Harris Kalinka

Imagery + Animation Golf + Architecture

Wednesday 1st July 2015

Do you need 18 golf course animations?

We’re always asked, almost without fail, to give a quote for 18 animations of a golf course – one for each hole. Or if it’s a 27-hole course, then it will be 27 animations.

Creating so many animations does require an investment. It takes a lot of time to create a 3D model for an entire course, and to render upwards of 6 minutes of animation (assuming 20 seconds per hole). As we know time is money, the more hole animations you ask for, the more it will cost.

So the questions I like to ask my clients are: do you really need 18 animations? And if you do, do you need them all now? Or is there a better way to spread the cost and the benefit of having them for your particular situation?

Our advice would be to think carefully about what you really need and what is the best way to engage and excite your audience. Then create a presentation strategy around this.

When 18 animations make perfect sense

There are times when creating 18 animations in one go is absolutely necessary and the best option. For example if you need to:

  • Show the changes to each hole of an existing course renovation
  • Show the client what each hole looks like
  • Show the members or visitors the best way to play each hole

But what if you’re short on money or time? The important thing is to realise when it’s the right time to create 18 animations, and when it’s the right time to create animations for just a couple of holes. This can save you money and most importantly, it can have the biggest impact on your audience.

When 18 might be 15 too many

Sometimes 18 animations can be overwhelming, and it can be difficult to digest so much information in one go. This is especially true in a presentation.

For competitive design pitches and very tight deadlines

If you’re pitching against other course architects for the design of a new course, then it might be tempting to create 18 animations. But there’s often very little time to put together a presentation for a competitive pitch. To create 18 animations, we’d need to prepare a 3D model for the whole course, which is a big ask, and you (the course architect) will need to prepare grading for every hole, which is an equally big ask. Budget is also a consideration if you’re not being paid for your pitch; you want to keep the costs as low as possible, whilst giving yourself the best chance of winning.

A good option is to create animations for just a couple of holes – to give an idea of the details such as bunker styles, planting and other features – and complement this with an aerial view of the entire course. We don’t need the grading to do an aerial course view, so it’s far more time and budget friendly.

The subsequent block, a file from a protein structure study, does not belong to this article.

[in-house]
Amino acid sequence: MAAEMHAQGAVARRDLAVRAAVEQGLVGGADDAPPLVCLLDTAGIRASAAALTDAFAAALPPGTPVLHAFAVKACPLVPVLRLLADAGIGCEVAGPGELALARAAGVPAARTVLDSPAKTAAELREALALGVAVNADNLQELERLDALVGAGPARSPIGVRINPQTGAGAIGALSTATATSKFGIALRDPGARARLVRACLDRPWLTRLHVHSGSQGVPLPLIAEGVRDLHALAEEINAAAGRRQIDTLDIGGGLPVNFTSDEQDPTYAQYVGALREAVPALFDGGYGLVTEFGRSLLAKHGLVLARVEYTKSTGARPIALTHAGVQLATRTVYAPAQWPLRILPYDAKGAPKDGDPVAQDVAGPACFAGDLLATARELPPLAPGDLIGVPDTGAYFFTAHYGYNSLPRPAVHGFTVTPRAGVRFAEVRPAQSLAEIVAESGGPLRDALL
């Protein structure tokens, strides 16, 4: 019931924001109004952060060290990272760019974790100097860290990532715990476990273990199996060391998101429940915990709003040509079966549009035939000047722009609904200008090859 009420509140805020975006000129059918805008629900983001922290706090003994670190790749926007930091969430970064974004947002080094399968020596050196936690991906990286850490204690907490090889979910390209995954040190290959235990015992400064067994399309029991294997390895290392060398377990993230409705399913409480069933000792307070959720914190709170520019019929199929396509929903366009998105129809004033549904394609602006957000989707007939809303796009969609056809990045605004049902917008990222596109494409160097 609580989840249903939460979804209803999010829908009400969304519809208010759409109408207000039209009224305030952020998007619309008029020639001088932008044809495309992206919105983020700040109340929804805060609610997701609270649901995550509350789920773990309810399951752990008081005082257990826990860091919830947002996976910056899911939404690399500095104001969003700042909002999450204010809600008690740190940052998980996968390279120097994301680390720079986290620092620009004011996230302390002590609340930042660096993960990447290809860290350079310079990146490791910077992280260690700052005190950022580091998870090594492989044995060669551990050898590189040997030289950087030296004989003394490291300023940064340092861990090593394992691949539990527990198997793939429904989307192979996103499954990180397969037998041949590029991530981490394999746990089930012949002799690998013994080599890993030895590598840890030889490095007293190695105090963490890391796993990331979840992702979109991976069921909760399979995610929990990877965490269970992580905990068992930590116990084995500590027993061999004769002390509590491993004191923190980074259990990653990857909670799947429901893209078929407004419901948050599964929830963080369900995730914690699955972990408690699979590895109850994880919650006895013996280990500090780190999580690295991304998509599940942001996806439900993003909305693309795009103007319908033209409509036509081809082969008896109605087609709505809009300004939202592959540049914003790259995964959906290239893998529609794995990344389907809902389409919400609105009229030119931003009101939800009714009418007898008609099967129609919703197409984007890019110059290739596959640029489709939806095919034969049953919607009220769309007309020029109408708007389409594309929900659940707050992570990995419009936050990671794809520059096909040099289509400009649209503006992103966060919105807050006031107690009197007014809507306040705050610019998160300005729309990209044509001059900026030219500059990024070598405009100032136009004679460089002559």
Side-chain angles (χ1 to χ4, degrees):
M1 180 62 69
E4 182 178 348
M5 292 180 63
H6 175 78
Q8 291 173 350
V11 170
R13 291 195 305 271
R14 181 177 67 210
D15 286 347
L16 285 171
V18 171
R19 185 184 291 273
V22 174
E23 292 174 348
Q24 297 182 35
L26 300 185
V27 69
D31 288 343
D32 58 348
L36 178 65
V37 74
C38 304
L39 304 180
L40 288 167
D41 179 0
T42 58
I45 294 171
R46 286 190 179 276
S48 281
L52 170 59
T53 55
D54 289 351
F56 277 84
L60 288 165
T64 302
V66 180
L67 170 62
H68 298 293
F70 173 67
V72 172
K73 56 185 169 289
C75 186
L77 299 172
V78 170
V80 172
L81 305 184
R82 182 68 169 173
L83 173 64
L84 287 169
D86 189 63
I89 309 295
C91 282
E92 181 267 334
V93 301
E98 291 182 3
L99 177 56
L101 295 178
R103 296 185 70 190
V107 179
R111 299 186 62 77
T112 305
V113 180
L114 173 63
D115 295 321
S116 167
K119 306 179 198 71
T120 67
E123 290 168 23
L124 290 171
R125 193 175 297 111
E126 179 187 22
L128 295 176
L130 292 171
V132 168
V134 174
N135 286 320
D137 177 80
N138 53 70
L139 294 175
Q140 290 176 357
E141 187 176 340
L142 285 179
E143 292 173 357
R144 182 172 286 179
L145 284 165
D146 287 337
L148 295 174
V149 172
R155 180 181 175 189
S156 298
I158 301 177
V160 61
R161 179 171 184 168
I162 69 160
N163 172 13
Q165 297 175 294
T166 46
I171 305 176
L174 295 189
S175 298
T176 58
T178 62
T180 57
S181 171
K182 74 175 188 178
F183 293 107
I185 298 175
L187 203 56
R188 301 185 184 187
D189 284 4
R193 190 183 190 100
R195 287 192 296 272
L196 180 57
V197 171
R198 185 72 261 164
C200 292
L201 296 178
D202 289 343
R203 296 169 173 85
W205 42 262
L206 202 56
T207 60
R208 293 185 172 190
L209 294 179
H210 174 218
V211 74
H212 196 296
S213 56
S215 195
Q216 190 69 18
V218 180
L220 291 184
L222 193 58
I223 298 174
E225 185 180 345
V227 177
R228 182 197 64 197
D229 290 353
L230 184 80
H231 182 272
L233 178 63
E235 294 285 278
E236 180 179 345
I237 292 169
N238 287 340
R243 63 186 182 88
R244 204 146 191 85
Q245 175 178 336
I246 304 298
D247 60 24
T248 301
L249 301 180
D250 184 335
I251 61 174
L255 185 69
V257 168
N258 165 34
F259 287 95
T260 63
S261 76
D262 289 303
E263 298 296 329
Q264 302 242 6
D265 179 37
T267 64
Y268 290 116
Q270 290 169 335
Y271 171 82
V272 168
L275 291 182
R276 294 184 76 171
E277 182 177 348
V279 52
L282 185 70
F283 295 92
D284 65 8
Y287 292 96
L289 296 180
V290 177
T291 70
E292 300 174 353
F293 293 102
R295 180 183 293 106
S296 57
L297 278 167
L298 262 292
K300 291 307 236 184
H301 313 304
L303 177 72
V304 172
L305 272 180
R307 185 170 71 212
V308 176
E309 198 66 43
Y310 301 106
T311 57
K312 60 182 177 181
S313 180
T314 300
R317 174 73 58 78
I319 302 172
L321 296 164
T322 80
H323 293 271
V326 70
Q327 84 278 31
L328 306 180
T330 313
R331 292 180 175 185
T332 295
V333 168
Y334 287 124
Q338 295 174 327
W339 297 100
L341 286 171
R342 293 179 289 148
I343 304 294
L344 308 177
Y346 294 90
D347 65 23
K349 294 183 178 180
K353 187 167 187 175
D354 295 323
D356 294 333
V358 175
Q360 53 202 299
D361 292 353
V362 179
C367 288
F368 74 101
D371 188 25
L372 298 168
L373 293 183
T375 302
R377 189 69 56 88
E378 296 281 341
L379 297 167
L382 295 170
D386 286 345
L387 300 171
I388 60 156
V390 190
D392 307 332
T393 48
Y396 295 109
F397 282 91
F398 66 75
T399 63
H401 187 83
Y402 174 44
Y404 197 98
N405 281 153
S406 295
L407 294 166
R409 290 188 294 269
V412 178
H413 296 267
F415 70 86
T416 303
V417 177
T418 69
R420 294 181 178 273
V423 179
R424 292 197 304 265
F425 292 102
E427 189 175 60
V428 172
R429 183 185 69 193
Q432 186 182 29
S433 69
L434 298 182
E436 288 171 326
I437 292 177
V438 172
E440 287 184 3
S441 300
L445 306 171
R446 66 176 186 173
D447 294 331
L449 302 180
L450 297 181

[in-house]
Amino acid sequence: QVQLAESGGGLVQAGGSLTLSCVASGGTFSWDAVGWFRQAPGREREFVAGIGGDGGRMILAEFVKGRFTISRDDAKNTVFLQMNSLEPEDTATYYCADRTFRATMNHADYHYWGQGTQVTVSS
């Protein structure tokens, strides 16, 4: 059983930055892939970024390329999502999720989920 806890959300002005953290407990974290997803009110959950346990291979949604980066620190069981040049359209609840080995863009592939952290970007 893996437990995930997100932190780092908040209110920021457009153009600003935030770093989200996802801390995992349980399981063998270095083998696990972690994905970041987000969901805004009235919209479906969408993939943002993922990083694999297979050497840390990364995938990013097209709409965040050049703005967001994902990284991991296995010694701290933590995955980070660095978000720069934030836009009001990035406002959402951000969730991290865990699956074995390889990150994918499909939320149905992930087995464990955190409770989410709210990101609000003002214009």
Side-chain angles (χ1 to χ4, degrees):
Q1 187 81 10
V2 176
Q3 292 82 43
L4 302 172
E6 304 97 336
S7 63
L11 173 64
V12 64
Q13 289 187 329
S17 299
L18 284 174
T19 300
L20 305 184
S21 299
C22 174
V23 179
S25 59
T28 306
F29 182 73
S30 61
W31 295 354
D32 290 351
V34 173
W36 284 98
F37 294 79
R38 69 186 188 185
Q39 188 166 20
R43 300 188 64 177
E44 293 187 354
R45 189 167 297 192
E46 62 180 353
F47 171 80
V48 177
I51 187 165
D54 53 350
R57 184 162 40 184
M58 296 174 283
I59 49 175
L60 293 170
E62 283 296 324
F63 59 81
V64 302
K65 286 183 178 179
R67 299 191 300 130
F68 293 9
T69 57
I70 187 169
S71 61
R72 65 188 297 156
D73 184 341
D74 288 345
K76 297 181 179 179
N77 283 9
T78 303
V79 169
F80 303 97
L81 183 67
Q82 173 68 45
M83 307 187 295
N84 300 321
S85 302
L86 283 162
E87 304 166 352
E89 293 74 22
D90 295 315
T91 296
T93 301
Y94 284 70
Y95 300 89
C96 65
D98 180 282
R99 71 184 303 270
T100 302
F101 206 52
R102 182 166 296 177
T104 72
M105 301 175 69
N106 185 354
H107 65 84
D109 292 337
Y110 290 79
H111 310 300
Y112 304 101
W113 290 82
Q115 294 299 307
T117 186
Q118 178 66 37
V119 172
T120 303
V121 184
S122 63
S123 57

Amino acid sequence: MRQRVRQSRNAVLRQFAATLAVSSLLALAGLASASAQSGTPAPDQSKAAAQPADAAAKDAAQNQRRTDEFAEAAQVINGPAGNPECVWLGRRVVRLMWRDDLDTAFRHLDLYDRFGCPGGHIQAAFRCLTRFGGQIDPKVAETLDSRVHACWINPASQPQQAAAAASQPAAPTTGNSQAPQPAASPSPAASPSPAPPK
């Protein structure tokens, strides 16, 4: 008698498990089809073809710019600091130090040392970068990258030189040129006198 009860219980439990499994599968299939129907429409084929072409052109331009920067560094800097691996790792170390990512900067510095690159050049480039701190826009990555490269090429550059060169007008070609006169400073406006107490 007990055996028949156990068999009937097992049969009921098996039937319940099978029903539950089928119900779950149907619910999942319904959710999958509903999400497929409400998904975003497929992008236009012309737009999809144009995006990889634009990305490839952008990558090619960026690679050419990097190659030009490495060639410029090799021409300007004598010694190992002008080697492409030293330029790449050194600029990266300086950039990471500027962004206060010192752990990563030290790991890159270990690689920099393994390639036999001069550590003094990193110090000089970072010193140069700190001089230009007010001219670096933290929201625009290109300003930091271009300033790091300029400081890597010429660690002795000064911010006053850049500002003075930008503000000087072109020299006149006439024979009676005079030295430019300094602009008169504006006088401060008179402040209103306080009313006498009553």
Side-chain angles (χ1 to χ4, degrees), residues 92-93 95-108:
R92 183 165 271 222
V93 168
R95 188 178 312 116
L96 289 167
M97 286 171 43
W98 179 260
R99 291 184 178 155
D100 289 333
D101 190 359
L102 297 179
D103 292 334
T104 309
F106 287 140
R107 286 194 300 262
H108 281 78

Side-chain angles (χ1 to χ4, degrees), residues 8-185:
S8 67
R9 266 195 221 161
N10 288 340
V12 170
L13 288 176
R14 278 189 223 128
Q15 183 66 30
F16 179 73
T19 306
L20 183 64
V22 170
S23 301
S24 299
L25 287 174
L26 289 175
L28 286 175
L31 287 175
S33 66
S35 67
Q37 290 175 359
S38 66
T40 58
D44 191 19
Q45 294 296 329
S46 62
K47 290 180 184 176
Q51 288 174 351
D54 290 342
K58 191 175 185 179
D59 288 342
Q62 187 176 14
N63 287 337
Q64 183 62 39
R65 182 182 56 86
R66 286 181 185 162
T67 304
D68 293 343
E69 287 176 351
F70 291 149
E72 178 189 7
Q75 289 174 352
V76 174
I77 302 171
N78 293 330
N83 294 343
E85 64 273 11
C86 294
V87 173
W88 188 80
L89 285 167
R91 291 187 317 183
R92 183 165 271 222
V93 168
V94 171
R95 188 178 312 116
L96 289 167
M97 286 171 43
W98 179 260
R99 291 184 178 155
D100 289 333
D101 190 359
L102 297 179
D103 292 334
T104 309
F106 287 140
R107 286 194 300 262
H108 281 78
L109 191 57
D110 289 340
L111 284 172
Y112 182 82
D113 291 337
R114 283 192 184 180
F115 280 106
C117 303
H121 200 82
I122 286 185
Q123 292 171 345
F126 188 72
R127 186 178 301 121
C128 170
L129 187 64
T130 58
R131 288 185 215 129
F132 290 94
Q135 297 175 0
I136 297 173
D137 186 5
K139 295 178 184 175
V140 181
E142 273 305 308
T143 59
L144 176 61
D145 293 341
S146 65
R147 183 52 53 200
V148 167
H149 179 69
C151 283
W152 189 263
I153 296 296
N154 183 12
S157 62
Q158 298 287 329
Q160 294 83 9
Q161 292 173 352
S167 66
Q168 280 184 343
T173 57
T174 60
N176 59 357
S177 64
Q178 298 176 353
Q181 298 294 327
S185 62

This will give an overview of the layout and a glimpse of the character of the course. We can achieve this with a 90-second animation, which is a nice length for a presentation. (You don’t want them to fall asleep.) And if they want to see the rest of the holes then you can include this in the contract when you win the project.

For design projects where the course is only an element

In some projects, the golf course is only a part of a far bigger development, and you may need to market a number of other elements too. If you also need to attract non-golfers, then showing 6 minutes of golf hole animations will do you no favours.

The golf course will always be a draw when it comes to the marketing, but the animations are an opportunity – that shouldn’t be missed – to showcase everything the development has to offer. Rather than have 18 holes, you can mix golf with other leisure activities or facilities that are available. Show the tennis courts, spa and heated pool, as well as the clubhouse as a venue for a wedding or conference. The end result is a multipurpose animation that can appeal to a range of target audiences.

Presenting your design to investors, members or the media

If you’re presenting your design for a new course to a client, investors, club members or the golf media, why not do it in a way that will hold their attention? Whet their appetite by first showing them just two or three holes of the course.

After that, you could ‘unveil’ one hole at a time. You could release one animation a week or one a month, to keep people interested.

This can be a particularly good strategy if you want to keep the existing members (of a course that is being refurbished) or potential members (for a new course) happy during construction. They will inevitably be itching to see the new course. If you show it to them all at once they then have a very long and frustrating wait to play the course. But, if you show the new course one hole at a time, it will go some way to keeping them happy in the run up to the opening. You can release the hole animations on social media at a specific time each month which will engage your audience and give them something to look forward to seeing.

If you’re considering animation and you’re unsure of the best strategy for presenting the design of the new course get in touch. We’ll tell you honestly if we think you need 1 or 18 animations.